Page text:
DUNEDIN, Fla. -- While Freddy Garcia left Wednesday's game against Toronto with a bruised right hand, the Yankees did receive some good news on the injury front.
Reliever David Robertson, who suffered a bone bruise on his right foot a week ago, ran on a treadmill for 30 minutes Wednesday and could be back on the mound as soon as this weekend, manager Joe Girardi said.
Robertson discarded his walking boot and crutches Monday and played catch, saying he'd easily be ready for Opening Day. But Girardi said he's been out long enough that, when he returns, he will have to start off by throwing a few bullpen sessions.
"If everything goes OK, maybe we'll get there," Girardi said.
In other injury news, Girardi said outfielder Nick Swisher left Wednesday's game early with tightness in his left groin. Swisher wasn't scheduled to play Thursday against the Nationals anyway, so the Yankees will not run any tests and wait to see how he feels. Swisher was in the clubhouse during the final innings of Wednesday's game, showing no visible signs of any injury.
Infielder Eduardo Nunez, meanwhile, will continue to rest as he sits out with a right hand bruise. Nunez hasn't played since March 5, when he was hit by an Austin Hyatt pitch against the Phillies.
Banuelos struggles with his command vs. Jays
DUNEDIN, Fla. -- Yankees lefty Manny Banuelos struggled for the first time this spring on Wednesday afternoon against the Blue Jays, giving up four earned runs on three hits and two walks in one inning of work.
Rated the Yankees' No. 1 prospect and the No. 13 overall prospect by MLB.com, Banuelos walked Yunel Escobar to lead off the fifth, struck out Kelly Johnson and got Jose Bautista to fly out to right field. That's when Banuelos ran into trouble, walking Adam Lind and then yielding a three-run homer to Edwin Encarnacion. Brett Lawrie then tripled to right-center, and Colby Rasmus added an RBI single before Banuelos forced J.P. Arencibia into an inning-ending groundout.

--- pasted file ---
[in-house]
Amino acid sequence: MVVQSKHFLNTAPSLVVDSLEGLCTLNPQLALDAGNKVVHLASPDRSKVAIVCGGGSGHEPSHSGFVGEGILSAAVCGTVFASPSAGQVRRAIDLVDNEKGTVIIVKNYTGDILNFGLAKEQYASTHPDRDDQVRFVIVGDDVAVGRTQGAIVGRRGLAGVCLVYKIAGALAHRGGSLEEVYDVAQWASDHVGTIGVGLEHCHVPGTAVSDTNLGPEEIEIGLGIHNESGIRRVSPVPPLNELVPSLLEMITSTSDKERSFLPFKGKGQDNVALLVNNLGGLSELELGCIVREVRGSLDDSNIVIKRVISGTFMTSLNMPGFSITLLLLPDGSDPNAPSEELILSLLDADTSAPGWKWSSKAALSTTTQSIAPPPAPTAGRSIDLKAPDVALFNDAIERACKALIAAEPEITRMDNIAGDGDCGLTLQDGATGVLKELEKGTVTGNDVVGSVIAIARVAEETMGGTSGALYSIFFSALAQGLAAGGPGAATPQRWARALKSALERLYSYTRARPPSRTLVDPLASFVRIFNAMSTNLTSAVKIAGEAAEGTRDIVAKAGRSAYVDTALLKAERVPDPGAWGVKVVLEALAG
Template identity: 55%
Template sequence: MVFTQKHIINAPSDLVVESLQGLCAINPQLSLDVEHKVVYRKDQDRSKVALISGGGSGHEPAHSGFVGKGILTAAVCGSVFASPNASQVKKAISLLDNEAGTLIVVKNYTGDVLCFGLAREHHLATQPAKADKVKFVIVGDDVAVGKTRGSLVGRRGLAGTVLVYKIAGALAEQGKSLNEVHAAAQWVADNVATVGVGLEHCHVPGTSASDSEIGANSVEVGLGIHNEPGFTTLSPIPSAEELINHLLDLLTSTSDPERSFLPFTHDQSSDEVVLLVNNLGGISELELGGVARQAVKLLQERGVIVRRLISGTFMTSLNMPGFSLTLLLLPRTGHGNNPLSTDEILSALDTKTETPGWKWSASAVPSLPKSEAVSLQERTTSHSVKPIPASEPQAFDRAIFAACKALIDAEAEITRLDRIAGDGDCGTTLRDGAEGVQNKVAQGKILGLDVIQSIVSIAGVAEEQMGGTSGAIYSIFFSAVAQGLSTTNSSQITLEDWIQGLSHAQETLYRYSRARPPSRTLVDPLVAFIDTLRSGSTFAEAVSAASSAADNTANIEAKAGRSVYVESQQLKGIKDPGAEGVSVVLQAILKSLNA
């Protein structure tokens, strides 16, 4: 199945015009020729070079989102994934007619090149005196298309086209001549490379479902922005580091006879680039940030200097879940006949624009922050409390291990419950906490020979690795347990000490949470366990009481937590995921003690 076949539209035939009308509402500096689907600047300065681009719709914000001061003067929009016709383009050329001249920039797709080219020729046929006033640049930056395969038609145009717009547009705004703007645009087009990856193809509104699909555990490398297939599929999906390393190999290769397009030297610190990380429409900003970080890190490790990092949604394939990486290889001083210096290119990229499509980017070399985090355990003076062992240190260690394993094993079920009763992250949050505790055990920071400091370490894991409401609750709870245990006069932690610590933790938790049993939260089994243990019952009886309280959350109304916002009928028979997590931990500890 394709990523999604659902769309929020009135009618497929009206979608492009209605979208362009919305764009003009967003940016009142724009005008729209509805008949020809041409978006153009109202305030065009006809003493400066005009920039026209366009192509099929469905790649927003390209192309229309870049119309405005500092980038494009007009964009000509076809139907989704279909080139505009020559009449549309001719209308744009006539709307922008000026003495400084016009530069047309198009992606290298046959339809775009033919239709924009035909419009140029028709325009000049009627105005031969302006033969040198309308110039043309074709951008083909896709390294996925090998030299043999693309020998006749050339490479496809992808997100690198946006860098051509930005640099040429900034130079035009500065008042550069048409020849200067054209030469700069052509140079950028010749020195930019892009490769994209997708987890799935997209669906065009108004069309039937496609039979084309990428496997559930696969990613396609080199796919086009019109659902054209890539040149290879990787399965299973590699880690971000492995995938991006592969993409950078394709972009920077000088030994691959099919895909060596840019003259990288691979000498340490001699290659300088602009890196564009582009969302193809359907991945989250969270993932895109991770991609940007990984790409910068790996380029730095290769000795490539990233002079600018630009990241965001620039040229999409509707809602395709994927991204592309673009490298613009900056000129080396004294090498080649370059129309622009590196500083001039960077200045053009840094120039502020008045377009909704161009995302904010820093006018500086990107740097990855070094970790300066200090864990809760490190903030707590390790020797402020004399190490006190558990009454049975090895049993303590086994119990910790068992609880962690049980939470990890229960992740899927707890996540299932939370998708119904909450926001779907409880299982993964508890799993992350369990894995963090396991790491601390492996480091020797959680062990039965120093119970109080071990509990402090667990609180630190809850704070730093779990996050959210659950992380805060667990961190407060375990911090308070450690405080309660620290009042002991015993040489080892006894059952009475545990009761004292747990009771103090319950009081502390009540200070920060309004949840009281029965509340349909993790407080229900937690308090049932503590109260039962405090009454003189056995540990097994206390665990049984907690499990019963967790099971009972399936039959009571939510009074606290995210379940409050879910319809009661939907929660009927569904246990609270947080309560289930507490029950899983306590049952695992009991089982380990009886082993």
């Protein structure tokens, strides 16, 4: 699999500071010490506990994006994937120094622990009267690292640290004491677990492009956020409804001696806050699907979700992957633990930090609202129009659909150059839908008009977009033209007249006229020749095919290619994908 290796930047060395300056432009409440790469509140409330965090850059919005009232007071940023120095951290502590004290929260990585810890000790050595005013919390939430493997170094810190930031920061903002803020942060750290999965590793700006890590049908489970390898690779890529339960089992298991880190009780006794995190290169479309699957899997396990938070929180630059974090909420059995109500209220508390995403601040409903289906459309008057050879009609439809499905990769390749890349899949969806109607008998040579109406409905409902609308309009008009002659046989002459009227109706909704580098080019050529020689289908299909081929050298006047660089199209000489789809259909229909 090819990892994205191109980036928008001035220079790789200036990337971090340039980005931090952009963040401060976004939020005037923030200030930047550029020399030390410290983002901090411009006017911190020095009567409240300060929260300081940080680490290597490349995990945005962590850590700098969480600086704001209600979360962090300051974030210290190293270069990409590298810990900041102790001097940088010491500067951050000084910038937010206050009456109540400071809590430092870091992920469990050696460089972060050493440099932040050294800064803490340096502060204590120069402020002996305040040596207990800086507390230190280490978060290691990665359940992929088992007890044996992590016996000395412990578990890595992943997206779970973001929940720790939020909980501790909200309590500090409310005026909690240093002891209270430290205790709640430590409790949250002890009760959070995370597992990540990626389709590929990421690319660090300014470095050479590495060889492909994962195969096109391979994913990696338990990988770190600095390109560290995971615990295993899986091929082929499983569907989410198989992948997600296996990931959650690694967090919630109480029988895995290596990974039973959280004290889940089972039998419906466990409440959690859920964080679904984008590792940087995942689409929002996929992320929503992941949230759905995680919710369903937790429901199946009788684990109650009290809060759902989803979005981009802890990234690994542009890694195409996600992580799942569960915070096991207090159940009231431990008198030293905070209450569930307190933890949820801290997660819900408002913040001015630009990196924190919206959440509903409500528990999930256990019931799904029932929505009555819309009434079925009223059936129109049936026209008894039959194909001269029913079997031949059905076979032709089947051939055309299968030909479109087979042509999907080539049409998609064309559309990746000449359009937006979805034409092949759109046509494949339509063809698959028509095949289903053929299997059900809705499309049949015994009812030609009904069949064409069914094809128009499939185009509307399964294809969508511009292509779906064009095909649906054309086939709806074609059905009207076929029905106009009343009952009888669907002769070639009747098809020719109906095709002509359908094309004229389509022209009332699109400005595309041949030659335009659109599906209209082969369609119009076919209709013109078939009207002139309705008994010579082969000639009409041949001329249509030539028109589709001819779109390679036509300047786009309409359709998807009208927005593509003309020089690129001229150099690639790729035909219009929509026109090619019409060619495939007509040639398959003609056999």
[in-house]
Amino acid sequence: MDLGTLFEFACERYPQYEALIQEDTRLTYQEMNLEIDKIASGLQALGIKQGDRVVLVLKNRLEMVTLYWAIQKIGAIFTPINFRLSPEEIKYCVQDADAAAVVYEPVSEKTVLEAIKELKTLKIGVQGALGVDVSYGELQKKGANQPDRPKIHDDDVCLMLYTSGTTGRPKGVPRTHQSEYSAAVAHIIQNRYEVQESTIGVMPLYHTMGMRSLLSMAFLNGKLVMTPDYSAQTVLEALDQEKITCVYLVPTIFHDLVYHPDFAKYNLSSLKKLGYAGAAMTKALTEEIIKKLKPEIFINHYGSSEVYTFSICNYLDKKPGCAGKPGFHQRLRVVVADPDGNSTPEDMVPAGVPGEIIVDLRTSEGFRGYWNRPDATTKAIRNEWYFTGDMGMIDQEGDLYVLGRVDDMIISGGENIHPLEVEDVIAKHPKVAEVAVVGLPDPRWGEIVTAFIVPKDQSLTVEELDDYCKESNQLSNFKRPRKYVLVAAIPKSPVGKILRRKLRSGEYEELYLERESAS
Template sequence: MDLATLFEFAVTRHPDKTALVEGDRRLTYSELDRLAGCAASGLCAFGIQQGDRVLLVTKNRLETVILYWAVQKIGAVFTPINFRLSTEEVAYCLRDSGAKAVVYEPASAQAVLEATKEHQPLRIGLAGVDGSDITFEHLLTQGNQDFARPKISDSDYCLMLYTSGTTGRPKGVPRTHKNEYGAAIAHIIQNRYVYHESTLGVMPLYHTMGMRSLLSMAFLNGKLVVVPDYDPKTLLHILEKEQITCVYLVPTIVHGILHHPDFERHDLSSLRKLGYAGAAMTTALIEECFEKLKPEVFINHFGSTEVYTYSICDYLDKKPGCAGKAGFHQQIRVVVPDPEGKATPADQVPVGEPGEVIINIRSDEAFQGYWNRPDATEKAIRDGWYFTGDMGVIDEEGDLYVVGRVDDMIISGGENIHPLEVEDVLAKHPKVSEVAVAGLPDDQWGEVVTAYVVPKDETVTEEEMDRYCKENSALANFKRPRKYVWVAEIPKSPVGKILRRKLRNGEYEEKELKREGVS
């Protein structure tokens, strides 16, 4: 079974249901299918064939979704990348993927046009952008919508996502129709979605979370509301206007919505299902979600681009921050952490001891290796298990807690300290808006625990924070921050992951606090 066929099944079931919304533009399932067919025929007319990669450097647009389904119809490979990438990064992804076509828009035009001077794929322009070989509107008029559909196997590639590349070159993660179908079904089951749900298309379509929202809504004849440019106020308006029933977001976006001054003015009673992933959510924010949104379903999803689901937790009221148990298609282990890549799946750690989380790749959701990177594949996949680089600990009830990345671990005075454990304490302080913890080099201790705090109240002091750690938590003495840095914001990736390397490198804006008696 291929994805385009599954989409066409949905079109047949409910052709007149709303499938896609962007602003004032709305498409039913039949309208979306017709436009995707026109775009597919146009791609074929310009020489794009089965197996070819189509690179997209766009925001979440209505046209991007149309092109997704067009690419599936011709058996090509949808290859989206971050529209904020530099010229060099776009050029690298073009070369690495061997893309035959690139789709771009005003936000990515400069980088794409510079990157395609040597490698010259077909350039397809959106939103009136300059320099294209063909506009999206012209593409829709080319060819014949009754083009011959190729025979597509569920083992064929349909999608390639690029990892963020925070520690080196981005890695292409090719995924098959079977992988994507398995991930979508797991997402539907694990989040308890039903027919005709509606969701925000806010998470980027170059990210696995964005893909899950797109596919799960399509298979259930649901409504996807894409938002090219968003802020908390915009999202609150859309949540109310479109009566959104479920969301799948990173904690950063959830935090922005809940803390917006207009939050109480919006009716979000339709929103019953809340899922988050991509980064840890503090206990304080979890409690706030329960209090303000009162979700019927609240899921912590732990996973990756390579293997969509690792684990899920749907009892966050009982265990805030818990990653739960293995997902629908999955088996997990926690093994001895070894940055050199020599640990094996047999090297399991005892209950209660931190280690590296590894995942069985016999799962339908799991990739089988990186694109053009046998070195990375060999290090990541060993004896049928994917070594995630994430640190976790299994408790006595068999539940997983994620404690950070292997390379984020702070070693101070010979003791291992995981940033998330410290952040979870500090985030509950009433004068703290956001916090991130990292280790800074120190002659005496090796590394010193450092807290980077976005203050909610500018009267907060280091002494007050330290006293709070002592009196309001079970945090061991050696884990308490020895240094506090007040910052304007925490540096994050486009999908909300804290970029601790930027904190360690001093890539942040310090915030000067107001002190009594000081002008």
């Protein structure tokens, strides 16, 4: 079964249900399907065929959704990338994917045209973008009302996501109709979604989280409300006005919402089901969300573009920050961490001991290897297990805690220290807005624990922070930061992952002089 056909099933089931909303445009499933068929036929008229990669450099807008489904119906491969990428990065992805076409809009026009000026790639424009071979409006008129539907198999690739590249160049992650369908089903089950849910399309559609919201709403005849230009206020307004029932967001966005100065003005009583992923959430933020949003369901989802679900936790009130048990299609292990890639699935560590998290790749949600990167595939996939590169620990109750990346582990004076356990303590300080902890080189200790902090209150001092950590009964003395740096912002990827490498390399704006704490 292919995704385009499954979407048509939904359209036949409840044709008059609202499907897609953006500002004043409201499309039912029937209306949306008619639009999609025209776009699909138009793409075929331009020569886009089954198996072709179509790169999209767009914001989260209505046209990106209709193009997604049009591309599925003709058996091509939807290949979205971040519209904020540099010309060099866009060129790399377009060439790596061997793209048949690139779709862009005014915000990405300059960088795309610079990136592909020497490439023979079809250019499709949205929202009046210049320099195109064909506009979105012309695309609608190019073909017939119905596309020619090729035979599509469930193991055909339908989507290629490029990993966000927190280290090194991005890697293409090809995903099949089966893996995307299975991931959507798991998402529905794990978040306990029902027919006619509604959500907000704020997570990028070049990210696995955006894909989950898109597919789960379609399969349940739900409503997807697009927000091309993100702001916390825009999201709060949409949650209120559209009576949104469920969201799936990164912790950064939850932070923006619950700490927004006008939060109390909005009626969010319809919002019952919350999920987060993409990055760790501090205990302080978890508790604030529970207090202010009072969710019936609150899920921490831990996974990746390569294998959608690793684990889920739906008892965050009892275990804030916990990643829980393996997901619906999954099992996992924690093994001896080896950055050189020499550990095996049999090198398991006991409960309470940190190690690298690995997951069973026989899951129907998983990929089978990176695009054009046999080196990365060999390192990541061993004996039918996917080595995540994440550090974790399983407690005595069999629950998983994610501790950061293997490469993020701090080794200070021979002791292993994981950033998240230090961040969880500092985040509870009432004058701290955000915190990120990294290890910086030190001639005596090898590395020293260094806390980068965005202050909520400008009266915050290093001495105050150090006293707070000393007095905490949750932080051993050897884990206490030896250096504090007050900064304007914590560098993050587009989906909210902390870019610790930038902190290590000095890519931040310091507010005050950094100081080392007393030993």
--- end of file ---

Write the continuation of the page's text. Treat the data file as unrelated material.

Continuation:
"He couldn't throw his secondary pitches for strikes, and he was behind. It's just a tough combination," Yankees manager Joe Girardi said. "Manny just really struggled with his command."
"It's just a bad day. Next time, he's going to come back and do what he always [does]," catcher Francisco Cervelli said. "He has four pitches to be in the big leagues, but with the experience, he's going to learn how to make adjustments during the game and have more patience."
Slow-starting Ibanez not worried
DUNEDIN, Fla. -- Raul Ibanez hasn't gotten off to an ideal start this spring, going just 2-for-24 at the plate with no walks and five strikeouts in eight games. The Yankees' lefty-hitting designated hitter said he is still in the process of getting his timing down, and he expects to be back in the swing of things before too long.
"I think a lot of it has to do with feeling comfortable and finding your timing. I've kind of been in between timing mechanisms," Ibanez said Wednesday after going 0-for-3 with a strikeout against the Blue Jays. "I'm trying to eliminate some of the extra movement and getting acclimated to moving less. It's almost like you're going backward at first, I think, and then hopefully you catch on.
"You definitely have to wait and trust that it's going to be there. It'll come. It's happened to me before."
Ibanez said he is usually a slow starter during Spring Training, and the numbers back that up. After eight games last spring, Ibanez was batting .182. Through the same span in 2010, he was hitting .115.
"To me, it looks like a little bit of a timing issue. He's a little bit late," Yankees manager Joe Girardi said. "That's something that's very correctable, and you hope when they start playing two and three days in a row, they kind of get that timing better. Some guys take a while to get going in Spring Training, and right now at times, I think he's just a little late."
The Yankees signed Ibanez, 39, to a one-year, $1.1 million contract in late February and expect him to platoon at DH with Andruw Jones. Ibanez hit .245 with a .707 OPS last season with the Phillies.
Adam Berry is a reporter for MLB.com. This story was not subject to the approval of Major League Baseball or its clubs.